Chapter Communications Blog

Call for PMI Switzerland Newsletter and website contributions


Daniel Rodellar, PMP

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Shalini Krishnan, PMP

Shalini Krishnan

Philip Springuel, PMP

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We are collecting articles, pictures, audio and video submissions for upcoming PMI Switzerland Newsletters and the website. Content we favour must be original, relevant to the PMI community, ideally addressing the Swiss context, and should be authored by recognised project management practitioners commenting on their own behalf or authorised to publish for the organisations they represent.

Newsletters are published at the start of each month (typically the first Monday of each month). The deadline for submissions is 10 days before pubication. Contributions may be sent and will be reviewed for potential publication on a rolling basis.

This is a great opportunity to share your thoughts on a topic of interest with the chapter community and earn up to 1.5PDUs for any articles which are published.

To submit a contribution, please fill out the following form at this link.

Here are a few categories and ideas that may help you determine what subjects you could write about:

1) Your Project Management case studies relevant to PMI Switzerland

2) Relevant Swiss Project Management news and critical implementations

3) PMI Switzerland events

- Announcements for future PMI Switzerland events (proposals also welcome)

- Summary retrospectives of past PMI Switzerland events

4) Social Good news, events, case studies relevant to Switzerland

5) PMI Swiss Corporate Networking Group activity reports and announcements

6) PMI global and affiliate chapter news, with relevance for Switzerland

7) Focus on statistics and data trends

- Your research

- Your comments, criticisms, predictions on any data sets you have a passion for, that are relevant to the PMI community

- Links to active data visualisations of relevance to the PMI Switzerland community

8) About Current Events

- Your commentary, opinion about current events affecting Project Management generally and/or Switzerland specifically.

PMI Switzerland is your connection to 20 years of working together, bringing you events, training, networking and knowledge sharing. Your PMI Switzerland Newsletter is the link that keeps you connected and informed. Join the well established tradition dating nearly 20 years of exchanges by becoming a newsletter and website contributor too.

We will be glad to answer any questions and assist you in any way we can to help you produce high quality knowledge to share through your PMI Switzerland newsletter.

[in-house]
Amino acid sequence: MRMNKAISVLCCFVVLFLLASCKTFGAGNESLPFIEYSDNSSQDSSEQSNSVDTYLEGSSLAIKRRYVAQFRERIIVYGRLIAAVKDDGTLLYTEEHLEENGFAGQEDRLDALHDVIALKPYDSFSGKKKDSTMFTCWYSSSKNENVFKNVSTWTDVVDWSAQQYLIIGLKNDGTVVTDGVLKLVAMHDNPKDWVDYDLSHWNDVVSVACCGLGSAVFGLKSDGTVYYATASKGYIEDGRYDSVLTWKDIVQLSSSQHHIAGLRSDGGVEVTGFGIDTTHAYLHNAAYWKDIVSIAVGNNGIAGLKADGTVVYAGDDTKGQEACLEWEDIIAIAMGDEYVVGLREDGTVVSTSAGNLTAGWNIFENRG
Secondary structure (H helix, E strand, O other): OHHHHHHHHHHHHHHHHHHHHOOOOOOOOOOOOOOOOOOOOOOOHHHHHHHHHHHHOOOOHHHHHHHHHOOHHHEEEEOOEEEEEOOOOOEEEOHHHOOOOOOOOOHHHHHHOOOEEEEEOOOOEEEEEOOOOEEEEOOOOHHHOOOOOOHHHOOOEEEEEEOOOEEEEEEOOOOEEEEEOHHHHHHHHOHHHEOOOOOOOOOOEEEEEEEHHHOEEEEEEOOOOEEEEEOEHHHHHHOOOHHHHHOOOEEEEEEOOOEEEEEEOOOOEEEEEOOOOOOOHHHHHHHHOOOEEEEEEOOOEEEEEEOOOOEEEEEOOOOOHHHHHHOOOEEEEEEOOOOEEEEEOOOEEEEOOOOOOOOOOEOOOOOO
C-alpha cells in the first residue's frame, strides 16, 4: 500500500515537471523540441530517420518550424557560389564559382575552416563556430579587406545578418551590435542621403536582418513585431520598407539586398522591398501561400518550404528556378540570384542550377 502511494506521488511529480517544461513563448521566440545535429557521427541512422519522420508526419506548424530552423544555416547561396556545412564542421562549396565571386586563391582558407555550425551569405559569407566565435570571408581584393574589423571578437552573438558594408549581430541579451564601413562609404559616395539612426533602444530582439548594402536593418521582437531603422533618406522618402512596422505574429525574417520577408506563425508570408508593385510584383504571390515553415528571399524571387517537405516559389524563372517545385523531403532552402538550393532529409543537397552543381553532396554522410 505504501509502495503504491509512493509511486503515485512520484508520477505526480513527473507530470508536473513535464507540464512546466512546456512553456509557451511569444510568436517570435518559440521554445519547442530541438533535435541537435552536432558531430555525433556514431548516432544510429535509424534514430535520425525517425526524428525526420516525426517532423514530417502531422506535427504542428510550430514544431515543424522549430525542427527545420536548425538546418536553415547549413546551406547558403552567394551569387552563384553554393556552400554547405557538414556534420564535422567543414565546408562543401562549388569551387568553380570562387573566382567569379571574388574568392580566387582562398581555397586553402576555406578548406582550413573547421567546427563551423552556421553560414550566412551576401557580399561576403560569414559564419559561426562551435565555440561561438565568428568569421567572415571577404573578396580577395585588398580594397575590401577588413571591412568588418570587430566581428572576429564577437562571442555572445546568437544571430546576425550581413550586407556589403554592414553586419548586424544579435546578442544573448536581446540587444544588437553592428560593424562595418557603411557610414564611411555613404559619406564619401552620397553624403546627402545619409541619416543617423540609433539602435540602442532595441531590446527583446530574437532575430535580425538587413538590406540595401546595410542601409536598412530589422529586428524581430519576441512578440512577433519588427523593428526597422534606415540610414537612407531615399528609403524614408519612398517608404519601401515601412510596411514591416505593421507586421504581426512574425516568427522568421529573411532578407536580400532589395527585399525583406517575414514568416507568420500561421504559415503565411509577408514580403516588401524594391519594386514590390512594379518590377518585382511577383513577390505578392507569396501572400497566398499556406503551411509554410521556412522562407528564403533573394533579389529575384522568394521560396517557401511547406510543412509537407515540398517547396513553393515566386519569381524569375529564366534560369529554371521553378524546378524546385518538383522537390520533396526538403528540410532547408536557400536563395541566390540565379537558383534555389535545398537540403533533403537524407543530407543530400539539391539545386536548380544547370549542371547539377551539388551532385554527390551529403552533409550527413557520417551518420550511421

Daniel Rodellar, PMP, Shalini Krishnan, PMP, Philip Springuel, PMP

Newsletter editors, PMI Switzerland Chapter

Retrospective for Open Space 7 and invitation to Open Space 8

Author: Leandro Benda, PMP

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On Tuesday 17 August 2021, our 7th PMI Switzerland Open Space took place on Zoom. In Open Spaces, each participant is able to freely ask questions and/or share his or her expertise and opinion.

The topic of this online event was "Planning for success in Agile delivery". The topic was presented with great talent by our volunteer Pia Henzelmann. On this occasion, 20 project managers joined from different sectors such as banking, food processing, IT consulting and more.

Different "virtual rooms" of 10 minutes each were created during the event in order to have various exchanges on themes of the participants’ choice. These virtual rooms were each managed by a facilitator to encourage engagement and ensure the best experience for everyone.

The questions selected for discussion on this broader topic announced for this Open Space included:

  1. How to introduce Agile planning even if the company methodology essentially expects waterfall?
  2. How to deal with small local initiatives, how to prioritize them?
  3. How to respect project budgets in Agile?

Each participant was able to freely ask questions and share his or her expertise and opinion and interesting answers were provided on these topics.

We invite you all to register to our next Open Space which will take place online via Zoom on Tuesday, November 9th on the theme "PMBOK 7 Initiation". You will have the opportunity to share and learn more on the numerous and important changes that this new edition proposes.

All our events can be consulted via the PMI Switzerland events page.

Leandro Benda, PMP

Open Spaces offer free knowledge sharing about infinite questions

Author: Marco Chiletti, PMP


In 2020, the PMI Switzerland Chapter launched a new series of virtual events called ‘Open Spaces’ with the aim to connect Project Managers and allow them to share their knowledge and experience around Project Management.

‘Planning for success in Agile delivery’, ‘Stakeholder and Team management’, ‘Conversation around the theme of Project Management tools’ are just a few of the Open Spaces topics that took place to date.